Notes: In a surprise move, North Korea recently announced that it would resume it's nuclear program in violation of a 1994 agreement. It removed United Nations' seals on fuel rod storage facilities and disconnected observation cameras. Finally, it kicked U.N. inspectors out of North Korea.

North Korea is known to feel threatened by the United States. Under Bill Clinton, America vetted the idea of a preemptive strike in the event of an active nuclear weapons program. Then, George W. Bush began his own brand of inflammatory rhetoric by branding North Korea as a member of his "Axis of Evil" along with Iran and Iraq.

Moreover, North Korea's economy is in shambles. The country needs food and supplies and went through a horrendous famine during the 1990s leaving some of its population -- of course not the leaders -- eating tree bark.

With the Bush team wanting to focus on Iraq and not wanting to engage North Korea, the timing was perfect for North Korea to play the wild man and put pressure on America. It wants U.S.-lead economic sanctions lifted and is pressuring for that and a guarantee that the U.S. will not attack militarily. Meanwhile, South Korea and China have expressed displeasure at Bush's tough talk towards North Korea. Neither wants North Korea to have nukes, but both seek a diplomatic solution.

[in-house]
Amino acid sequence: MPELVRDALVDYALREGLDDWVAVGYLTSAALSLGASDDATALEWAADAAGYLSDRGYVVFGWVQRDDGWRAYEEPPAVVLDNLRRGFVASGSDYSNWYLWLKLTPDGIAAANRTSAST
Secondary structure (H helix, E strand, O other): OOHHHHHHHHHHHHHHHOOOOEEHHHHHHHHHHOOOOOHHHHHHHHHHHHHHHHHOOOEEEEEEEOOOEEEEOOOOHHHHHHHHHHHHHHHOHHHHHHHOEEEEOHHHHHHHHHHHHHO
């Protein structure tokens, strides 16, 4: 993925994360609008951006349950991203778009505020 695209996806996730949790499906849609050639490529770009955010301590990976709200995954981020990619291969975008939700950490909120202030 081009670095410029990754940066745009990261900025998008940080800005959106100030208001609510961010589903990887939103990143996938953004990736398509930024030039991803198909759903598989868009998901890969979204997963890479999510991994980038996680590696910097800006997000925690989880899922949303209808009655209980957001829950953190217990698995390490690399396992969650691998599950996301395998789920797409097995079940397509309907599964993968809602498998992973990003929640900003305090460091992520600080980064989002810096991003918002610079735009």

In the above cartoon, reclusive North Korean dictator Kim Jong Il basically says that the time is ripe to apply pressure on the U.S. by acting aggressive about North Korea's nukes. If that is the North Korean strategy it makes them more of a "Nexus of Nuisance" than an "Axis of Evil."
01.05.03